Just like VetFinder, this is one of those apps that you hope you never have to use but is absolutely worth installing just in case. Following on from the success of its human first aid app, the Red Cross has released a similar tool for treating cats and dogs for a variety of issues.
From allergic reactions to drowning and burns, the free Pet First Aid app walks you through appropriate treatments for 25+ common situations with a mix of text, pictures, and video. It also helps you learn useful skills like correctly taking your pet’s heart rate and temperature, and includes quizzes so you can test your knowledge before a real emergency strikes.
Usefully for travelers, the app can locate the nearest emergency vet or pet-friendly hotel, and it’s possible to set up individual profiles for each pet so you have important information to hand when you need it.
When you’re on a lengthy road trip, wouldn’t it be nice if you could find some friends for your canine companions along the way, and some dog-loving humans to hang out with yourself?
That’s the idea behind BarkHappy, which feels like a bit like a dating app for dogs. Create a profile for your pooch, and you can search for (or be alerted to) other dogs and their owners in the surrounding area, with a messaging tool to help arrange meeting up. Users can create and host larger events as well.
The free app shows nearby dog-friendly parks, restaurants, bars, and more, and there’s also a useful lost and found section to help owners get reunited with their lost dogs.
Run out of Rover’s favorite snacks? Traveling in the middle of nowhere and can’t get to a pet supply store? iKibble to the rescue!
With a database of hundreds of food types, the app quickly lets you know whether a particular human food will be fine for your furry friend as well. There’s a simple search tool so you can quickly run through whatever food you’ve got on hand, or you can browse by category or health rating to find something appropriate.
Each food has a detailed description along with the health rating. The free version of the app is ad-supported, and you can pay 99c to remove ads and support the developer if you find it useful.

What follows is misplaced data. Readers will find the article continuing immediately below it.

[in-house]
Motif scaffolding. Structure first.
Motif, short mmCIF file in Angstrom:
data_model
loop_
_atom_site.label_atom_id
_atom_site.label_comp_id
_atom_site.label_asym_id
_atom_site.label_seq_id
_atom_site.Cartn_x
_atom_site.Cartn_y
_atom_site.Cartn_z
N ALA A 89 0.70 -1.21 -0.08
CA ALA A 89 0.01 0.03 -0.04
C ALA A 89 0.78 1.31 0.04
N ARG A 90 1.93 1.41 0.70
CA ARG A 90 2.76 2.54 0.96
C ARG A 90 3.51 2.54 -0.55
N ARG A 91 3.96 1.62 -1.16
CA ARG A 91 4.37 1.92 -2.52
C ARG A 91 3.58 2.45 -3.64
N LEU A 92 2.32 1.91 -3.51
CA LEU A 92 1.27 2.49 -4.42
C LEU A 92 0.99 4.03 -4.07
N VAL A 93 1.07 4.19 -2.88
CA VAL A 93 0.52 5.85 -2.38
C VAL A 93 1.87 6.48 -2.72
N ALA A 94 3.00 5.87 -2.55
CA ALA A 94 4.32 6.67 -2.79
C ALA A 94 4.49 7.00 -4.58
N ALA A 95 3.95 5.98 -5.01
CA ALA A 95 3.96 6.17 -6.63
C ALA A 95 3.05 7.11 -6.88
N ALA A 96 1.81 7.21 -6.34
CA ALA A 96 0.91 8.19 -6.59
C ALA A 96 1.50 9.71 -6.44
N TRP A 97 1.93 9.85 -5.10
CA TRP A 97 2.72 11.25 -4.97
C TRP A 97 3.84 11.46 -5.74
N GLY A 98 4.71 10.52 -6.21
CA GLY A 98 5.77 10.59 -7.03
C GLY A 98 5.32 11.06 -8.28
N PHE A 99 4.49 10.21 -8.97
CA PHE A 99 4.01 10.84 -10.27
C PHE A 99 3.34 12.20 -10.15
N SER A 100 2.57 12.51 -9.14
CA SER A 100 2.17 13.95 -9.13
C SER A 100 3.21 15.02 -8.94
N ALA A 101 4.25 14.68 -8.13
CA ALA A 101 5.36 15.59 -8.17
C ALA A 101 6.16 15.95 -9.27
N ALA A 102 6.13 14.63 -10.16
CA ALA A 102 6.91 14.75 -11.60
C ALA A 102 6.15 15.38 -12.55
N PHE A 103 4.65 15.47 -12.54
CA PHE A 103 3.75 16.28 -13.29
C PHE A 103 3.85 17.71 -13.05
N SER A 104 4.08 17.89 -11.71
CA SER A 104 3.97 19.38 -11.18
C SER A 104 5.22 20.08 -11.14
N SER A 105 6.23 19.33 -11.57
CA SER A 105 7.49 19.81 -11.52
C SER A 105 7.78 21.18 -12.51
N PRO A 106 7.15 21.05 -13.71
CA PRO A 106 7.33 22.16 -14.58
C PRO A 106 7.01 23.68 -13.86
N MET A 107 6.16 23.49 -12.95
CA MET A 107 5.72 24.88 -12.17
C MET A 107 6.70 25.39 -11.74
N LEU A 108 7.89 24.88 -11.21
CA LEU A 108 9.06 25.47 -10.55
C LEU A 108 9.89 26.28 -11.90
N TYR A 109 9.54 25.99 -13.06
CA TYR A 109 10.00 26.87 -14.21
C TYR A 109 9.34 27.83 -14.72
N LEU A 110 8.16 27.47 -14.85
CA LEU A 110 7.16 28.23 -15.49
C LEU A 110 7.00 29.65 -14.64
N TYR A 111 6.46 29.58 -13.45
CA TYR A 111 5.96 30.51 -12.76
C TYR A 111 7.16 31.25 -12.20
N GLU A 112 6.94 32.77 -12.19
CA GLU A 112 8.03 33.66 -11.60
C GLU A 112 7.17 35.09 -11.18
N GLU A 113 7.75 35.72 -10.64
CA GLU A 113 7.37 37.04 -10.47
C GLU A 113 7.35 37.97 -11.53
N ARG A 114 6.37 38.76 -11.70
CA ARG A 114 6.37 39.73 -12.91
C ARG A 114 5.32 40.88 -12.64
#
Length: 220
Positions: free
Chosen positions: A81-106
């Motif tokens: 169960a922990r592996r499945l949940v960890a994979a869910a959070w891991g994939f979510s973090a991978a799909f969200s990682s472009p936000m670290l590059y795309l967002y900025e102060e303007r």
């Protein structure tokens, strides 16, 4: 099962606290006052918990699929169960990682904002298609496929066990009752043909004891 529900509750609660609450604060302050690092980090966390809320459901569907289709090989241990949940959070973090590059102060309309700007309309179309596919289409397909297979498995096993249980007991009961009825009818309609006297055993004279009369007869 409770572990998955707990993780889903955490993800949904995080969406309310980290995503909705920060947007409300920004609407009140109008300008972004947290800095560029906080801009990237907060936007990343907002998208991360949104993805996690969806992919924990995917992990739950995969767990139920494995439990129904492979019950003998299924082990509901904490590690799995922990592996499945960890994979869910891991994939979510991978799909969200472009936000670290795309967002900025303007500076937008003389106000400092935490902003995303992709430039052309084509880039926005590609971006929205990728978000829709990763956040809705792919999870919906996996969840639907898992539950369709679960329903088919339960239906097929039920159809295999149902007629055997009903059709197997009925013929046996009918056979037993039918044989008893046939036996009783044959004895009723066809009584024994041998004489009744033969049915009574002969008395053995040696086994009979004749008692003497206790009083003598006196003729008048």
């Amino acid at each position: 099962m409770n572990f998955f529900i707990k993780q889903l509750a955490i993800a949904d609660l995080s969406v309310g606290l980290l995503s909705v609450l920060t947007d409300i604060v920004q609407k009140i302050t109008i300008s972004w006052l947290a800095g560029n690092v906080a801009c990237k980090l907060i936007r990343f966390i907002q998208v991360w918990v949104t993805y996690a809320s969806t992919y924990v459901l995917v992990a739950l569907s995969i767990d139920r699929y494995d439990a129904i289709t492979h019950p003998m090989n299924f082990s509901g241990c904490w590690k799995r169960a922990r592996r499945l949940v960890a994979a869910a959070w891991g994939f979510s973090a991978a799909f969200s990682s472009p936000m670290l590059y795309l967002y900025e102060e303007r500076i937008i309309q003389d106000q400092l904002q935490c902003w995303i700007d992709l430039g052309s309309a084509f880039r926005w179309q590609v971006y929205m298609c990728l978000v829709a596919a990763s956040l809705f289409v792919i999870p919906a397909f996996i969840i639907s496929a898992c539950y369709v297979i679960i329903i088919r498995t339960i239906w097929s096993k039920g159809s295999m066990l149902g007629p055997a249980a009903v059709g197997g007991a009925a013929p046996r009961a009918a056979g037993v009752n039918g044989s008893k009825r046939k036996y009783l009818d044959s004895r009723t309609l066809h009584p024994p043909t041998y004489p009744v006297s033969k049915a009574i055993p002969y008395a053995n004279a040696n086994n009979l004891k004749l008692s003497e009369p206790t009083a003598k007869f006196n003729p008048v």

Whistle Go GPS Tracker
Worried about your dog or cat getting spooked by something, or running away and not finding their way back? It can happen anywhere, of course, but the added excitement, stress, and unfamiliar surroundings makes it even more likely when you’re traveling.
There are many different kinds of pet trackers out there, but the only ones good for finding lost pets are those with a GPS tracker built-in. They’re not a small investment, since you need to pay for both the tracker and a subscription service, but the peace of mind they offer makes many pet owners swear by them.
The best GPS-based pet tracker at the moment is the Whistle Go, at least if your pet is in the United States. Using AT&T’s cellular network (subscriptions start at $6.95/month), the tracker reports its location in realtime, and you can see exactly where your pet has been at any point in the last 24 hours.
If you need to leave them unattended for a while, whether it’s your hotel room or a friend’s back yard, you can set an alert to tell you if your escape-artist pet manages to get out. If so, it’s straightforward to track their location via the app (Android and iOS) and reunite with them before they get too far away.
The tracker is waterproof and attaches to almost any collar or harness. The battery inside lasts up to 20 days (if your pet doesn’t move much), and takes a couple of hours to fully charge.Buy on Amazon
Got any others you like? We’d love to hear about them!
Images by StockSnap (dogs in car), skeeze (puppy and vet), Engin_Akyurt (cat), Pexels (dogs on bed), alphatex (dog with collar), congerdesign (dog eating), furry_portraits (running dog)